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Goose Management Initiative Near Fifth Avenue Dam

geese on olentangy river

photo by David Patrick

In the coming weeks, residents of Harrison West may notice goose-management activity in the area of the Fifth Avenue Dam/Olentangy River restoration project. On Wednesday, March 24, 2014, personnel with the United States Department of Agriculture, Wildlife Services (USDA) and under contract with the city of Columbus will begin using a number of strategies to discourage geese from taking up residence along the Olentangy River where the city is currently attempting to reseed, plant and establish native species. The seeding and planting of native grasses, bushes and trees protects the banks from erosion and provides additional slowing and filtration of storm water before it enters the river.

Efforts last year such as installing wooden stakes with Mylar strips attached and deploying plastic coyotes met with only limited success. Starting Wednesday morning, the USDA will add to these partially successful strategies additional methods for dispersing the geese. Their efforts will continue over the next several months until grasses and plants are established in the area. Among such methods is firing noisemakers from devices that look like starter pistols. The noisemakers are designed to land among congregating geese and either give off whistling sounds or explode. The exploding noisemakers have been nicknamed “bird bangers.” Noisemakers deployed at the southern end of the project area close to West Fifth Avenue may be audible to neighbors and may cause concern. The city has provided this document to help answer any questions residents may have about this initiative.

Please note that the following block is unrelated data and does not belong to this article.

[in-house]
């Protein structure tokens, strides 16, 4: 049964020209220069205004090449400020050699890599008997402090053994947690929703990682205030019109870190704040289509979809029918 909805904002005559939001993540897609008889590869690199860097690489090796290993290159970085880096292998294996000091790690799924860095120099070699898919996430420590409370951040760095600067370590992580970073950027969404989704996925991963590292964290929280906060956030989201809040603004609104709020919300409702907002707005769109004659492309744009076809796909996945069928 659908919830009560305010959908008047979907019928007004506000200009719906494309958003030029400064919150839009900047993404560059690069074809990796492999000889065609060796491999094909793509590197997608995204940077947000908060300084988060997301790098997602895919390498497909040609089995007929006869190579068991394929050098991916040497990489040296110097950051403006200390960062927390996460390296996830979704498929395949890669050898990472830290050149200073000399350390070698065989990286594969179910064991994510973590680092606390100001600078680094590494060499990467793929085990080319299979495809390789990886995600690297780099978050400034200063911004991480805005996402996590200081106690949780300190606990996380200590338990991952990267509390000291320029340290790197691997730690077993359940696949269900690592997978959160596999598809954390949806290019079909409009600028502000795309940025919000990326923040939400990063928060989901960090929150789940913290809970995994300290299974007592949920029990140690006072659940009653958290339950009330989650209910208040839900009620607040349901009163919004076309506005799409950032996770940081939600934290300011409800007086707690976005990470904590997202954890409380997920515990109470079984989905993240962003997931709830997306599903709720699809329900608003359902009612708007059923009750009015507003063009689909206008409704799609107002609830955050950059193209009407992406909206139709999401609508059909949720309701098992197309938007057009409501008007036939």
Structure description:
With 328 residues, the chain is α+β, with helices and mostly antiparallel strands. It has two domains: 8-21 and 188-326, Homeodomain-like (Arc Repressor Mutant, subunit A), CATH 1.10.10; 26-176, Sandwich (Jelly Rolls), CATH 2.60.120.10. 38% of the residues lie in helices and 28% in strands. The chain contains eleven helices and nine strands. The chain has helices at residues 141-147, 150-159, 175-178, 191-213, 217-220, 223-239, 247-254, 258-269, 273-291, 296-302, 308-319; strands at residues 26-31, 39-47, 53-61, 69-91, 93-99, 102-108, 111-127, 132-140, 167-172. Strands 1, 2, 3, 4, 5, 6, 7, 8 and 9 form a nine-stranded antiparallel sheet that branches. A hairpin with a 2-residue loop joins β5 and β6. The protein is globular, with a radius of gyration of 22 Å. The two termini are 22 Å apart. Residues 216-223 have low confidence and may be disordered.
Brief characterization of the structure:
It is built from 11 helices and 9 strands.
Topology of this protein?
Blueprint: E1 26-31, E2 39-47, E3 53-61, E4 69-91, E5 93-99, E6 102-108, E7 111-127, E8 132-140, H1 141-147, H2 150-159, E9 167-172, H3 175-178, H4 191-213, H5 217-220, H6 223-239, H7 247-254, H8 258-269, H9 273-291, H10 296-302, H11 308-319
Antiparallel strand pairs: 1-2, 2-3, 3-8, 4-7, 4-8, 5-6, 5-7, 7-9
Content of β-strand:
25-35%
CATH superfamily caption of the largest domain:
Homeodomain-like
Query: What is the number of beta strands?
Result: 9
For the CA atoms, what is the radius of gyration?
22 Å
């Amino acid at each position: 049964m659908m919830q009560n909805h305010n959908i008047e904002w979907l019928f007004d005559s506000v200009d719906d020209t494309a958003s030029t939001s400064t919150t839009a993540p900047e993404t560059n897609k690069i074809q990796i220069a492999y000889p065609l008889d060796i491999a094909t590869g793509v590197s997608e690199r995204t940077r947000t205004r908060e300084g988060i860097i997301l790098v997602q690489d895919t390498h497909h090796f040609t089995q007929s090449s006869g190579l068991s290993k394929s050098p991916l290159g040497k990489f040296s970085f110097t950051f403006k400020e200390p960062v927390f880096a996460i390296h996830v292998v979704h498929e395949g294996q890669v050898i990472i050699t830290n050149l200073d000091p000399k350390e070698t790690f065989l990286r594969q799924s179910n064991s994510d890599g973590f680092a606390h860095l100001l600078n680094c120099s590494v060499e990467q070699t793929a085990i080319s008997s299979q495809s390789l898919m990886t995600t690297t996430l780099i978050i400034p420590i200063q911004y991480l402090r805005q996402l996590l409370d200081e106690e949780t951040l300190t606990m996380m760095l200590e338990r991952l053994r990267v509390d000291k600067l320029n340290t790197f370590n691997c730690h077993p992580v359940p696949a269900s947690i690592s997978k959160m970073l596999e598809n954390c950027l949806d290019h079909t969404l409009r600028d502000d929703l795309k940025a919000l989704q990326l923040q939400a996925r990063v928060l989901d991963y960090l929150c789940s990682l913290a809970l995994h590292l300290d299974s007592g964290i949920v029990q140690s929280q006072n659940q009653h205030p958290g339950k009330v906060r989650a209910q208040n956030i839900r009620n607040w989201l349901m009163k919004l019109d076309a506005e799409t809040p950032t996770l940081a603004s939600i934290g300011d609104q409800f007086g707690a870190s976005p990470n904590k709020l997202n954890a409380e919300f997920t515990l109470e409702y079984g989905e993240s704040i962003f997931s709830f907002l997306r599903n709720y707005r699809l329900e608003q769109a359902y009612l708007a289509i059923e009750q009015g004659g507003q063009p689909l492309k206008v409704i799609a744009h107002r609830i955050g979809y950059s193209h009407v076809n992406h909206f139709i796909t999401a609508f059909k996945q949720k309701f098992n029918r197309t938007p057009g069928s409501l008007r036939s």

USDA representatives will be easily identifiable; they will be wearing brightly colored clothing, and they will be placing signage along the river corridor notifying the public of upcoming activities. They will conduct weekly surveys of the area, recording observations and gauging the status and effectiveness of their efforts.

 

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